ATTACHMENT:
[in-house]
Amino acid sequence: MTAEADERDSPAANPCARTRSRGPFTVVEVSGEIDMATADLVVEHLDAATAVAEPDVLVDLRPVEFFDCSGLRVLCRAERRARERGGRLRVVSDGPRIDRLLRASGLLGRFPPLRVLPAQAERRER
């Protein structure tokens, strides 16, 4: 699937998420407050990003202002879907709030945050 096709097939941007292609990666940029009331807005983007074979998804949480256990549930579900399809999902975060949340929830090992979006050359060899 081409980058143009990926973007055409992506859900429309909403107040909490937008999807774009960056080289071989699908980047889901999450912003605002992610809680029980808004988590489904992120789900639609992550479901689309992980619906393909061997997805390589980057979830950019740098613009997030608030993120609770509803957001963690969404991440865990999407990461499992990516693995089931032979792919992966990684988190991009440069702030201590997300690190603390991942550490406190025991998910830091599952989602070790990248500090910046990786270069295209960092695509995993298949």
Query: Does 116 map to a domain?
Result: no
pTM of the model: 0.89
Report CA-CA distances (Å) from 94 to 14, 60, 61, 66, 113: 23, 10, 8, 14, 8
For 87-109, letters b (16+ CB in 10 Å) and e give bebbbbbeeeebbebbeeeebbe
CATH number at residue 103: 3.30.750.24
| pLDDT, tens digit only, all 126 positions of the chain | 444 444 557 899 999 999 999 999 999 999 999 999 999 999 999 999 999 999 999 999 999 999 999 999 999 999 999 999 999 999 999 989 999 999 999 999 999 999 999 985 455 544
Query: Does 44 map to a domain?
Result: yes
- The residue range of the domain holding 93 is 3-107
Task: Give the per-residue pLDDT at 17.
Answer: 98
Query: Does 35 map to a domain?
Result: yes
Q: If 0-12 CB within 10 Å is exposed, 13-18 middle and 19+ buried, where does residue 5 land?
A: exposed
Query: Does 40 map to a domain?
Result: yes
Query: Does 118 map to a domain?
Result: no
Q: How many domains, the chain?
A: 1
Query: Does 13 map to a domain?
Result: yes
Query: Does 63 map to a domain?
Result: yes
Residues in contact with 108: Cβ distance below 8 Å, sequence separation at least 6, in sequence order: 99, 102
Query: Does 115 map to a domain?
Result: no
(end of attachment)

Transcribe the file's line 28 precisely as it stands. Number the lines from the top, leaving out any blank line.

Query: Does 63 map to a domain?